Another weary day for Speed Scotland17 | 08 | 2011

    SPEED SCOTLAND'S troubled bid to break the 1000cc World Land Speed Record looks like being shaken off course by the lumps and bumps on the Bonneville Salt Flats in Utah.

    Here, Flower of Scotland driver Rick Pearson describes his frustration of a day spent squeezed into the ultra-tight cockpit of the Streamliner; travelling at 190mph; yet another gearbox failure … and the possibility of forgoing the preparation, and just going for the 313mph world record.

    Dateline — Tuesday, August 16, 2011

    So the dawn broke stunningly over the Salt Flats .... with the Flower fully prepped and ready to run.

    But with dawn came high winds from the hills and team boss Derek Palmer stepped in and refused to let us take the car to the line. The cross winds would just have made it too dangerous.

    So we sat.

    And we waited.

    Five hours later and the wind subsided and every single car still running descended to the start lines. Cue a two-hour wait to run in stifling heat. Keeping the crew from burning up and retaining some skin on my lips is becoming a full time job....

    Off the line, this time on the No2 course as I just want to make a three-mile, 200mph-plus pass for a systems check and to officially receive my 200+ mph license, but immediately we leave the line it's clear there is an issue; the chain is rattling hard and the gearbox is not responding. We've got a failure in the CO2 system that powers these items.

    The adrenaline has poured into my system and I jump out of the car, swearing at the crew in frustration and have to apologise once it's worn off. Not my finest hour, but a two-hour build up, being strapped in and fired off for it to end in 1st gear is incredibly frustrating.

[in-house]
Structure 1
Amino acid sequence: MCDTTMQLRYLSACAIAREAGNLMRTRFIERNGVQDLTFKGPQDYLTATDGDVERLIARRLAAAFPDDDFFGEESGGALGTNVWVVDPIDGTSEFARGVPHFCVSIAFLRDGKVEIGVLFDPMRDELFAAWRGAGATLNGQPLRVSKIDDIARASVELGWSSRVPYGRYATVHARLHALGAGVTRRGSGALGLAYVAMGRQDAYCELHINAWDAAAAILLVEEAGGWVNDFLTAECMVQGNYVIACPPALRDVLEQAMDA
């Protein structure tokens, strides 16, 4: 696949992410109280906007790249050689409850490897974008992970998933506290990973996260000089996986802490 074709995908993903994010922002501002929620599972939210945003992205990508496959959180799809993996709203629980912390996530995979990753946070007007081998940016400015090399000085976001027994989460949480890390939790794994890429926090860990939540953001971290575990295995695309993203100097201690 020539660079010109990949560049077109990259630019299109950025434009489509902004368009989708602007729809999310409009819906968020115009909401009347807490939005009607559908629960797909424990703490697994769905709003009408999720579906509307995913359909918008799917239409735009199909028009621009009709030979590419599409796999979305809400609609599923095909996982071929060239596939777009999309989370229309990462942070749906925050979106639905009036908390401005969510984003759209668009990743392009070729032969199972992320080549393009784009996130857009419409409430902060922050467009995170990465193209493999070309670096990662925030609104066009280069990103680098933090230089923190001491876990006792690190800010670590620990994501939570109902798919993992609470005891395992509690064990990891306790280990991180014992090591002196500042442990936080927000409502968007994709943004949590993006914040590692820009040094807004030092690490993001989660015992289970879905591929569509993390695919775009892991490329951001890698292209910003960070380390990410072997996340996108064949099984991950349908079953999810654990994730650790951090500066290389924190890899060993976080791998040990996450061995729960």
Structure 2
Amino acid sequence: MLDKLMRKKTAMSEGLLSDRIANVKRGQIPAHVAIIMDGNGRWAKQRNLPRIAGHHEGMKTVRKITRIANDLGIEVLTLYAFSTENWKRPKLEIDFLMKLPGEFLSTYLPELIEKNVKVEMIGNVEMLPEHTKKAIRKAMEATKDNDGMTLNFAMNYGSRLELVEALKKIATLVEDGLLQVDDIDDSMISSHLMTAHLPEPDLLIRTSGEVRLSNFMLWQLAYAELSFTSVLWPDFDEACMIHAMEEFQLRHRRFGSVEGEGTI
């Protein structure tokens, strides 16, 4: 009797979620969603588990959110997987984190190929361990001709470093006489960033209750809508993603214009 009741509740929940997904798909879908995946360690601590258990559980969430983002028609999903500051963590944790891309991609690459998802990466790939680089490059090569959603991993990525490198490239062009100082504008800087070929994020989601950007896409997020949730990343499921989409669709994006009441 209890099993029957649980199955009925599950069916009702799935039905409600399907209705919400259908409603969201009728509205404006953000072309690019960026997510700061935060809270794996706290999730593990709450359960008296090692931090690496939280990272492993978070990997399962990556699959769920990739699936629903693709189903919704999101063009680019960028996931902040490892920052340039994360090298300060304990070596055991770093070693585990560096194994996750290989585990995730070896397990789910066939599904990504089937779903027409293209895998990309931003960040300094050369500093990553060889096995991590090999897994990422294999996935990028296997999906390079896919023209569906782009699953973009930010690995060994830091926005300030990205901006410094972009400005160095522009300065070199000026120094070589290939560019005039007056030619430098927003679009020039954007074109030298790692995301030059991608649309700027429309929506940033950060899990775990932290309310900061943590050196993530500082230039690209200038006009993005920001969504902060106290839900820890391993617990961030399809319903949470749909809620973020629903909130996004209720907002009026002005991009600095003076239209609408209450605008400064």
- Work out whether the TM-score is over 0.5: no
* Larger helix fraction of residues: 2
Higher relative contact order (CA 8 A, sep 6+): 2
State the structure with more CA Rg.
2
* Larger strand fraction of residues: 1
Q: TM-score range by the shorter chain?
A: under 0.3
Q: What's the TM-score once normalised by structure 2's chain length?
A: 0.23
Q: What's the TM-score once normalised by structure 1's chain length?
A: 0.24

So back to base camp, swift fix and back to the start line and another 1h30 wait to run in the heat.

    Tough day on the Salt for Speed Scotland

    Back on the famous Long Course we launch well, the second gear change is good, out to 11,500 rpm and fire into third, as the speed builds, but suddenly the revs flair and the Flower slows. ANOTHER transmission failure, but this time, no noise of mechanical death from behind my head. So after a brief hesitation, trying to work out what's happening, I click fourth and the Flower picks up once again, albeit slowly, as we're off the boost levels and trying to turn a big gear. On through the three-mile, four-mile and finally the five-miles we pick up speed to exit at 190mph, but it's not enough to trouble the magic 200mph we need for the license.

    And when I park up, transmission oil is leaking from the bottom of the car. She's mortally wounded again.

    Back at base, a quick investigation shows another blown gearbox. This time third gear stripped. And the engine must once again come out.

    It has become apparent that the rough surface of the track means the Flower is getting airborne at regular intervals and this is loading and unloading the transmission which is being destroyed. Despite the thrill of a long run at 190mph — which is quick in anyone's book, let alone on a rough surface, laying on your back — we end the day once again on lows.

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    So what now? Clearly the car needs a redesign before we're going to conquer Bonneville, but speaking to the current record holder it seems clear that they too suffered in the same fashion when trying to break this record and our trials are only what is to be expected. No-one just walks into Mordor; no-one strolls to a 300mph record at Bonneville.

    For the rest of this week? We have enough parts to build one more motor/gearbox combo. So that will happen tomorrow and we may run by the end of the day. But what sort of run should it be? Do we turn down the boost and try and creep up on 200mph for my next license (despite touching over 220mph, I've not done it yet through a speed trap) in the hope that the car survives and we can then try the next (250mph) milestone?

    Or do we turn it up to 11 and try and see if she is really a 300mph car?

    To be honest, the physical toll of strapping into the car and mainlining adrenalin only to fail before the two-mile mark is taking a heavy toll. The thought of one "Hail Mary" pass is pretty tempting right now.

    I don't know yet. We'll see how the mood takes me.

    Rick Pearson

    Caption: The Saltire flies proudly over the Bonneville Salt Flats, but is the sun rising, or setting on Speed Scotland's 1000cc World Land Speed Record bid?

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